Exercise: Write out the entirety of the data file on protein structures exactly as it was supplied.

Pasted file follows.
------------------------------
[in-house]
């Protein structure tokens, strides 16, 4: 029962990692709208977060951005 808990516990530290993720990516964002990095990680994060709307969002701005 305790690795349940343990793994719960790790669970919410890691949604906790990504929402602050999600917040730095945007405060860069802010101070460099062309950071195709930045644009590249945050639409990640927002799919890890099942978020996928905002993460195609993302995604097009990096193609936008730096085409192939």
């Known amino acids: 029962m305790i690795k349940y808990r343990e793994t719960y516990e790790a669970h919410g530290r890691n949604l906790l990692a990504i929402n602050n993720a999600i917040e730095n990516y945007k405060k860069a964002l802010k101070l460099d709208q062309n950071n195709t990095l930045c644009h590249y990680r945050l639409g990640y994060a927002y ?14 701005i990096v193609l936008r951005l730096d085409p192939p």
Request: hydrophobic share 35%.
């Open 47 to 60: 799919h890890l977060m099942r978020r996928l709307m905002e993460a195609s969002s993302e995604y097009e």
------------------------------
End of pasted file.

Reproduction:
[in-house]
């Protein structure tokens, strides 16, 4: 029962990692709208977060951005 808990516990530290993720990516964002990095990680994060709307969002701005 305790690795349940343990793994719960790790669970919410890691949604906790990504929402602050999600917040730095945007405060860069802010101070460099062309950071195709930045644009590249945050639409990640927002799919890890099942978020996928905002993460195609993302995604097009990096193609936008730096085409192939």
């Known amino acids: 029962m305790i690795k349940y808990r343990e793994t719960y516990e790790a669970h919410g530290r890691n949604l906790l990692a990504i929402n602050n993720a999600i917040e730095n990516y945007k405060k860069a964002l802010k101070l460099d709208q062309n950071n195709t990095l930045c644009h590249y990680r945050l639409g990640y994060a927002y ?14 701005i990096v193609l936008r951005l730096d085409p192939p």
Request: hydrophobic share 35%.
């Open 47 to 60: 799919h890890l977060m099942r978020r996928l709307m905002e993460a195609s969002s993302e995604y097009e």